Since we looked into houses last week and we now have a good idea on how much building such an opulent mansion must have cost Rhett (around $60,000, if the James residence came to $53,000), why not take our
obsession curiosity one step further and see how much he actually paid for the land on which the house stood?
So we looked into Atlanta, Yesterday, Today and Tomorrow by John Hornady (admit it--you all thought I was going to say Peachtree Street, Atlanta, didn't you?), a monograph from 1922 with a wealth of information about the previous century. And we found that the time was actually a very good one for purchases of this kind. After the war, Atlanta went through a recession which also affected land values and so, till roughly 1870, prices were low.
The closer we came to finding a suitable example from which to extrapolate was this: in 1868, Austin Leyden (remember him?) paid only $4,000 for a property whose front extended 100 feet along Peachtree Street. That same lot had been sold for $5,000 during the war. By contrast, in 1882 when the city was back on its feet, 60 feet of land in the block with the Governor's Mansion, where the Butler Mansion stood, sold for $10,200.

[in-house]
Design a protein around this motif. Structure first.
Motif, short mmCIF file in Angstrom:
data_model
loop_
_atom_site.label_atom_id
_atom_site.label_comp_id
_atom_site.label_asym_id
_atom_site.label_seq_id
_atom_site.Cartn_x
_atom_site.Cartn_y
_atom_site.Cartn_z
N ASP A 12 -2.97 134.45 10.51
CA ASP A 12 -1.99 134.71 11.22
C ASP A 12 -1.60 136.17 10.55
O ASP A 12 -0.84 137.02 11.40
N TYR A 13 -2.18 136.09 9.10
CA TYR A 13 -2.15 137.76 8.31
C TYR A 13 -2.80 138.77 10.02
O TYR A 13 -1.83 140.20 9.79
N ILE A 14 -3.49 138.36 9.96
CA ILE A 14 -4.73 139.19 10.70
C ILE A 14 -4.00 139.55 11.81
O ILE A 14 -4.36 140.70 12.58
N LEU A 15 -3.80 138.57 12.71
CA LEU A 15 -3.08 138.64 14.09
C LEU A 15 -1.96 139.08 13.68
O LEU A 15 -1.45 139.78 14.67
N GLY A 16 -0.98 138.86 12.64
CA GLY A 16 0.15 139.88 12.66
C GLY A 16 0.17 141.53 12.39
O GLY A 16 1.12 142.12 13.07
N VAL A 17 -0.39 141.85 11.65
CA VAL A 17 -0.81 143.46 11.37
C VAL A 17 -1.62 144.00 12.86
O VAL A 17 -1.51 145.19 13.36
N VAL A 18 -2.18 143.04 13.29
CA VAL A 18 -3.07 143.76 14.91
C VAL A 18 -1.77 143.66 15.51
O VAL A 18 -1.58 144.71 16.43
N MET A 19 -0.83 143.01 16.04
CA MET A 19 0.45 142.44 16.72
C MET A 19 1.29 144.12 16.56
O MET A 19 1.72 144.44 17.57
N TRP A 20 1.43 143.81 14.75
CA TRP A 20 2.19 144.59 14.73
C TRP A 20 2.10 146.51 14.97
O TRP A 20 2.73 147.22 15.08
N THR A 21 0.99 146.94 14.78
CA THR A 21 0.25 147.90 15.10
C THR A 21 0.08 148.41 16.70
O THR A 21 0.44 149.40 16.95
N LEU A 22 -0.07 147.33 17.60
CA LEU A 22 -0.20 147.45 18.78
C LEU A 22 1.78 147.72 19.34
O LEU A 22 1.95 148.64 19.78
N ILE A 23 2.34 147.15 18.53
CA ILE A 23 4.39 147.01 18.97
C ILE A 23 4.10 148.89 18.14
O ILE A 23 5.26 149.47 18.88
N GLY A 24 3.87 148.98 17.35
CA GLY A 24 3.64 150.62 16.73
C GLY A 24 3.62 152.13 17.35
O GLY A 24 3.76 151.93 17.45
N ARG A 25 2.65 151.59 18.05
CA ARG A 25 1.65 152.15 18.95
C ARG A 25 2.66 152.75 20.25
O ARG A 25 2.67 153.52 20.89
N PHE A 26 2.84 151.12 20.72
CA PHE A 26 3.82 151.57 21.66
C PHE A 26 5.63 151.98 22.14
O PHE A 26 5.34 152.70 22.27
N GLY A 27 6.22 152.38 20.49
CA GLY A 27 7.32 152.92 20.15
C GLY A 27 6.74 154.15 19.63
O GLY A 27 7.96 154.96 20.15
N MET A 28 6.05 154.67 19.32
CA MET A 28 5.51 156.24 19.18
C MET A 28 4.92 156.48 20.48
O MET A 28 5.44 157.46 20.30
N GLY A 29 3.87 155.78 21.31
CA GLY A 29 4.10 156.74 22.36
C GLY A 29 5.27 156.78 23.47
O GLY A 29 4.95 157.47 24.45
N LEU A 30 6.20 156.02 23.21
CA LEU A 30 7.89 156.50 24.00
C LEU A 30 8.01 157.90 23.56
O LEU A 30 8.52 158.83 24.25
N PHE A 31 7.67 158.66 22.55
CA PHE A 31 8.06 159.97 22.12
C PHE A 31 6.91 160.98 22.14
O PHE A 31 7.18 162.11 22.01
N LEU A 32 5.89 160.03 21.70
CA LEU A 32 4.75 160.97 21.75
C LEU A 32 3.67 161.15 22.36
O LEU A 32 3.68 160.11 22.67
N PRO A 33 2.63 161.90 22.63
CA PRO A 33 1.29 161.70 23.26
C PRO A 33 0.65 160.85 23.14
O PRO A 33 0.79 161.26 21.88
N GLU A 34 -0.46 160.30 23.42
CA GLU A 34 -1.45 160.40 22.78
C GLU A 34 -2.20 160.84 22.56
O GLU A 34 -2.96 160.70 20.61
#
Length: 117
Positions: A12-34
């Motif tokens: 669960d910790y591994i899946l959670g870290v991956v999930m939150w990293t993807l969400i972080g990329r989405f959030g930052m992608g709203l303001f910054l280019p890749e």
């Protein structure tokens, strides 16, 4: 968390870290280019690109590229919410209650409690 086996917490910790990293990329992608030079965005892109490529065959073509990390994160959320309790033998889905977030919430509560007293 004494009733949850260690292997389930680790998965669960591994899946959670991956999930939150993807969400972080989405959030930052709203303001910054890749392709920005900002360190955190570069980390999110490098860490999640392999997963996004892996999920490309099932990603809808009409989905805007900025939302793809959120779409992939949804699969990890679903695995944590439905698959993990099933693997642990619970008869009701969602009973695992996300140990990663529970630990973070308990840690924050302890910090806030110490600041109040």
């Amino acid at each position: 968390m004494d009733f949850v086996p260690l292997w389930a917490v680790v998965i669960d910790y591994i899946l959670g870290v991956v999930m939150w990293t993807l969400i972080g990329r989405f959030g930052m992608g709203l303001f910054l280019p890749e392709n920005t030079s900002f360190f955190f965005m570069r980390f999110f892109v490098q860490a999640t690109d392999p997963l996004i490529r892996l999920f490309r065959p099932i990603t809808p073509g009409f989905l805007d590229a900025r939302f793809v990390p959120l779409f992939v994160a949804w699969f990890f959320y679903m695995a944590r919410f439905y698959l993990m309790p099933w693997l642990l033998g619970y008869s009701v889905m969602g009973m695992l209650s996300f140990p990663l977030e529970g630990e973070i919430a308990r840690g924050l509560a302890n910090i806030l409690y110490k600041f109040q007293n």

But let's allow that the lots near Leyden house could have been more expensive in 1868, since the land for the Governor's Mansion was close to $10,000 even then. Let's say Rhett paid somewhere around $70,000 for both the land and building the house. What sum would that amount to today? Eh, a mere $1,114,521.